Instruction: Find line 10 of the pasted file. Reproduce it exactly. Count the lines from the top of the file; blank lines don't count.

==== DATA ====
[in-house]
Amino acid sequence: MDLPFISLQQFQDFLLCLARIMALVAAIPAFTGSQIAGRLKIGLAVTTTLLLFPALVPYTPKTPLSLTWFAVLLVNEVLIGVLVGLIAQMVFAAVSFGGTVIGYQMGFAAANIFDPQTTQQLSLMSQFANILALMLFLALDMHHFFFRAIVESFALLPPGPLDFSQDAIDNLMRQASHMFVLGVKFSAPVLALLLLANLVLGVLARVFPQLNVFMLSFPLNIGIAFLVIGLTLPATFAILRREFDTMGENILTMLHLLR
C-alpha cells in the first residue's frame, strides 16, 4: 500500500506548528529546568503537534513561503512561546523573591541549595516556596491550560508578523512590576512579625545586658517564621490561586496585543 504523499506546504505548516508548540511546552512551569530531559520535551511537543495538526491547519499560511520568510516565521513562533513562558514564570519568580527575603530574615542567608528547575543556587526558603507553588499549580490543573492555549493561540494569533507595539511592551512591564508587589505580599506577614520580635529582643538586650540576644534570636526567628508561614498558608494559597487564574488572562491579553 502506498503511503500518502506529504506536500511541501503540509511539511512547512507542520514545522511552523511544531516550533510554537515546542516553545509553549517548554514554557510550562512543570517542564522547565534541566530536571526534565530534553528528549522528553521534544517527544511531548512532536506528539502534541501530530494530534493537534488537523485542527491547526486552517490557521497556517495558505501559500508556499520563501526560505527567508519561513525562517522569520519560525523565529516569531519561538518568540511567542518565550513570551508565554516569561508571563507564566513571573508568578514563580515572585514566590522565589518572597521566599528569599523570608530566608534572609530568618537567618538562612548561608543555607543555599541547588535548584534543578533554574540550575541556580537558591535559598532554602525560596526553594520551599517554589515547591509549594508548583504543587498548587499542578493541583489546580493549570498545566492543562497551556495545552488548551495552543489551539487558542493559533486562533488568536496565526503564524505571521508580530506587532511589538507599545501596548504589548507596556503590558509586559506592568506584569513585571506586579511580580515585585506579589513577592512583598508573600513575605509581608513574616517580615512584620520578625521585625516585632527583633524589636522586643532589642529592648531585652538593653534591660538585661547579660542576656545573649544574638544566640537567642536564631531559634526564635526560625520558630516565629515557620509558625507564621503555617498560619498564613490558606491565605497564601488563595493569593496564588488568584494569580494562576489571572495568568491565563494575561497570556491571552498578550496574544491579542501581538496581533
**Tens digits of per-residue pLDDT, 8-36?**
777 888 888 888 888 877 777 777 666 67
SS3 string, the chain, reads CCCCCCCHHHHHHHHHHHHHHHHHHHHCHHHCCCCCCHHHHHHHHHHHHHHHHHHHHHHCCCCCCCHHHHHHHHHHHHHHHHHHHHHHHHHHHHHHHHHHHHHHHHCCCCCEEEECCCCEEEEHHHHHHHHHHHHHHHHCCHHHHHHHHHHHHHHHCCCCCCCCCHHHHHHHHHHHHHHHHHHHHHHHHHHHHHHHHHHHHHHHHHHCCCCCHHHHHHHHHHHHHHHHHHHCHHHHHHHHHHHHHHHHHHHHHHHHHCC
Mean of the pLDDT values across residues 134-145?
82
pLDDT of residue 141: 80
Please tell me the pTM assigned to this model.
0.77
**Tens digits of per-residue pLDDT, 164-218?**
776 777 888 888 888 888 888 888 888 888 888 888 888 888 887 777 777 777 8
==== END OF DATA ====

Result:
Please tell me the pTM assigned to this model.